The Navigation Signal Generation Unit (NSGU) generates the signal that enables users on the ground to determine their position and to benefit from information that is distributed by those satellites.
The NSGU formats navigation data that are received via the satellite´s mission receiver and modulates them on the spread spectrum coded navigation signals. Further, it establishes a time-base by processing data from the on-board clocks, which is added to the message stream.
The analogue output signals from the NSGU are passed to the L-band up-converter and power amplifier. The NSGU comprises a microprocessor control module, a power converter and the NSG module.
The module allows to generate the three navigation signals L1, E6 and E5 simultaneously.
It is based on a mixed digital and analog board, which performs all high-speed signal generation and processing tasks of the NSGU.
The signal processing task is handled by three identical ASICs called GASIG. Both the board and the GASIG ASIC were designed and tested by RSA. The complex generated E5 baseband signals are upconverted to an intermediate frequency of 122.76MHz by use of a quadrature upconverter located on the NSG module.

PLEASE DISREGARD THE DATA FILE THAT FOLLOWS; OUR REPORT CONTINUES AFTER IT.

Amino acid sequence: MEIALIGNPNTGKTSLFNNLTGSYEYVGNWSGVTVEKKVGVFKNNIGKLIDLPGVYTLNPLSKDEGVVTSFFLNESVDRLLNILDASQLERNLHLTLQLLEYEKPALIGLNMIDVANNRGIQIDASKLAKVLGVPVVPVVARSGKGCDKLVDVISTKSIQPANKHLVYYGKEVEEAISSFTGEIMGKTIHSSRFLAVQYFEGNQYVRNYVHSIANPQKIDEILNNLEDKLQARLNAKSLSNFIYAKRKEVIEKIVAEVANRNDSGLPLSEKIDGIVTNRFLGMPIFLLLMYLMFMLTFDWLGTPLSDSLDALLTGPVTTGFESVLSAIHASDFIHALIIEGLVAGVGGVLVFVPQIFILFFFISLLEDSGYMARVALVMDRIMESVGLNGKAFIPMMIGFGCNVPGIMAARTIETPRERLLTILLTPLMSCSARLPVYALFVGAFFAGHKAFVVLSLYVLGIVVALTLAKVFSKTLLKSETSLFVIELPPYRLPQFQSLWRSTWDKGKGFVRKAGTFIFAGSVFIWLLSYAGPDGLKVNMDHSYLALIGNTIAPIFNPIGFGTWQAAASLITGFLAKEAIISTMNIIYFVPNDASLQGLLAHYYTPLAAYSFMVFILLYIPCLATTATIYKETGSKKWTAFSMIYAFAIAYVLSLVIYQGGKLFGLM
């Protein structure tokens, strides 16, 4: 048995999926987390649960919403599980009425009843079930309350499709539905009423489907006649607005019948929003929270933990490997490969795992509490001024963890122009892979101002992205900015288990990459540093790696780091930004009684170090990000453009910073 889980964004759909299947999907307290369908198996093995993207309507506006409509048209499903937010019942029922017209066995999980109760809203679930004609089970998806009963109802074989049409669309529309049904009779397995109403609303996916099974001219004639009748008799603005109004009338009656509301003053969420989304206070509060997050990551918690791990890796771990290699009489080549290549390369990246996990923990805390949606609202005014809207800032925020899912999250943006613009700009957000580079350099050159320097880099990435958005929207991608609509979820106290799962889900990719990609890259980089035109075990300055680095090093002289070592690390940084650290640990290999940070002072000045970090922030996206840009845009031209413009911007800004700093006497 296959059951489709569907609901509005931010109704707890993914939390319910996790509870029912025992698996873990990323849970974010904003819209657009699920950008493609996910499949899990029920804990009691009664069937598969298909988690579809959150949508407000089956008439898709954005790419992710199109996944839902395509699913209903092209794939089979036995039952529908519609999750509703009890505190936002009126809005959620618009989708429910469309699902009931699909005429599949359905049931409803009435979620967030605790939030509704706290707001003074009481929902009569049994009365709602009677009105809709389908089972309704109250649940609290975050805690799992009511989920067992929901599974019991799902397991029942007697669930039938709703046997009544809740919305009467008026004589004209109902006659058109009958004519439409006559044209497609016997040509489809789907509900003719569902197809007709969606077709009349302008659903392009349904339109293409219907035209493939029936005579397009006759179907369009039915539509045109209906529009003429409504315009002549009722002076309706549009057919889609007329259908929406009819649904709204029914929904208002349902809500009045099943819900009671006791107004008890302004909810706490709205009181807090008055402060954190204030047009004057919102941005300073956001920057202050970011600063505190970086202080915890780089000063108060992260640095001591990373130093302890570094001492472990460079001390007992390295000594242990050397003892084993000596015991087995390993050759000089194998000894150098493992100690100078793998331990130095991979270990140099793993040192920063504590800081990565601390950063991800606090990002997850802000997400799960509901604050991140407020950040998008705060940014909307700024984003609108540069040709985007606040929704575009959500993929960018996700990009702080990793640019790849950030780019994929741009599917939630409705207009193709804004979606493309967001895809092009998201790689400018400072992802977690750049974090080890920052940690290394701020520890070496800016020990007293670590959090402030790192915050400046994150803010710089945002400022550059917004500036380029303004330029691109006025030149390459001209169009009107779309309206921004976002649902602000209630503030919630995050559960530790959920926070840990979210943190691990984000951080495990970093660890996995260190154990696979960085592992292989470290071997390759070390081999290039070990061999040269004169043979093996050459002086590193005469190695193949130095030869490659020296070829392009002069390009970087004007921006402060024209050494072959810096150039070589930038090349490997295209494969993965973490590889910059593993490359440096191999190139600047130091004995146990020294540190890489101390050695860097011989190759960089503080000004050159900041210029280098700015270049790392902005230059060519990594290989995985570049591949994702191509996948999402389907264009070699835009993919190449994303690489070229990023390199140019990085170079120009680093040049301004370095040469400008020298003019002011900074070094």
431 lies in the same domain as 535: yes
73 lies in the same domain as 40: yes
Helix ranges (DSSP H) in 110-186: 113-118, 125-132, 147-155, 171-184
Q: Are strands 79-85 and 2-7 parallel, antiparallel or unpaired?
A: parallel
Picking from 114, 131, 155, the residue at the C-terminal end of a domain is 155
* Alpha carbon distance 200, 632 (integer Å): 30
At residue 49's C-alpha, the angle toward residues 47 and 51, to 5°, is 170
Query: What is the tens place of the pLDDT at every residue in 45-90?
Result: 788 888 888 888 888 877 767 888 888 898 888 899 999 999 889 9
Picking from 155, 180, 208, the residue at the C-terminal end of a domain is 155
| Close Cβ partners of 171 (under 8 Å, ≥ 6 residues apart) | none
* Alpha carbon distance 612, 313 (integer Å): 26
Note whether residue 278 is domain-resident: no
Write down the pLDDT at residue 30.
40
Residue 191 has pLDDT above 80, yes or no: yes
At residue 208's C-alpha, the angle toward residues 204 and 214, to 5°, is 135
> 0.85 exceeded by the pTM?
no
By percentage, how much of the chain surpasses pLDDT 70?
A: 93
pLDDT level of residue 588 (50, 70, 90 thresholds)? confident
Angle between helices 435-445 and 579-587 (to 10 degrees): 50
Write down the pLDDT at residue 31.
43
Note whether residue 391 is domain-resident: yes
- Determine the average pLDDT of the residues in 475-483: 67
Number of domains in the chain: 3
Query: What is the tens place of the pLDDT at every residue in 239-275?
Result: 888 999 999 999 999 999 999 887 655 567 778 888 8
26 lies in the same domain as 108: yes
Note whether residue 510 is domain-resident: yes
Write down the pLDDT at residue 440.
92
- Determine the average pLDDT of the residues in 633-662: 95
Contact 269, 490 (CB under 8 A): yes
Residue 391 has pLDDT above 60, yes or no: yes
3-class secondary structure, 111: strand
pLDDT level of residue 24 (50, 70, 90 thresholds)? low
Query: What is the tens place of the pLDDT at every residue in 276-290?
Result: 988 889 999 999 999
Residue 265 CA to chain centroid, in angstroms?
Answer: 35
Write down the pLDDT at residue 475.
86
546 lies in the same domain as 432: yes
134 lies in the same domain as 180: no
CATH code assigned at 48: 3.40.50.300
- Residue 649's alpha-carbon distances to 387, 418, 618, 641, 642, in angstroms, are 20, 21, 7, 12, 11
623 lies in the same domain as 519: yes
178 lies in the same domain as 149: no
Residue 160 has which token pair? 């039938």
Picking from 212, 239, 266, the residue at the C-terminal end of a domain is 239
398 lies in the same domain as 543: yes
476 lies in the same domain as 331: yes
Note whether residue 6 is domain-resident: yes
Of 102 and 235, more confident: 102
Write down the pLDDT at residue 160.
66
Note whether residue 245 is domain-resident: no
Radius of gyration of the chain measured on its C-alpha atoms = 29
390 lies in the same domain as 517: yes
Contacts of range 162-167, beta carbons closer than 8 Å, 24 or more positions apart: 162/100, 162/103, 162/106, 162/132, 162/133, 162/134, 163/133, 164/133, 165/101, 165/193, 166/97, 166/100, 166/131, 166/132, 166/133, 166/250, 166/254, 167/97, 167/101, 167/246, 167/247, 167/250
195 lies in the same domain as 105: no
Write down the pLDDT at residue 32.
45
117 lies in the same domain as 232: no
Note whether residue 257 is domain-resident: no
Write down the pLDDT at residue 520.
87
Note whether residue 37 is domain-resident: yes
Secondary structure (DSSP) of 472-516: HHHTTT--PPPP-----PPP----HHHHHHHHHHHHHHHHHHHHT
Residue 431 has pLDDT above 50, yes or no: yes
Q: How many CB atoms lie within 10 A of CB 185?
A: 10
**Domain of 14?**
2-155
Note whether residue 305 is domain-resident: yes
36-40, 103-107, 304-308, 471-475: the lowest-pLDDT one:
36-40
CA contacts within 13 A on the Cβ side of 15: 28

The NSG Module is the main constituent of the NSGU (Navigation Signal Generation Unit) designed by a team of RUAG Space and Airbus Defence & Space. It was accommodated on two satellites of the Galileo In-Orbit Validation Phase.
The module is the result of comprehensive pre-development work, that had started in the year 1999. A pre-cursor version of the above described NSG module was launched on-board of the GIOVE B (Galileo In-Orbit Vadidation Experiment B) Satellite on 27 April 2008. This satellite allowed to successfully transmit the multiplexed BOC (MBOC) signal for the first time in the history of GNSS (Global Navigation Satellite System).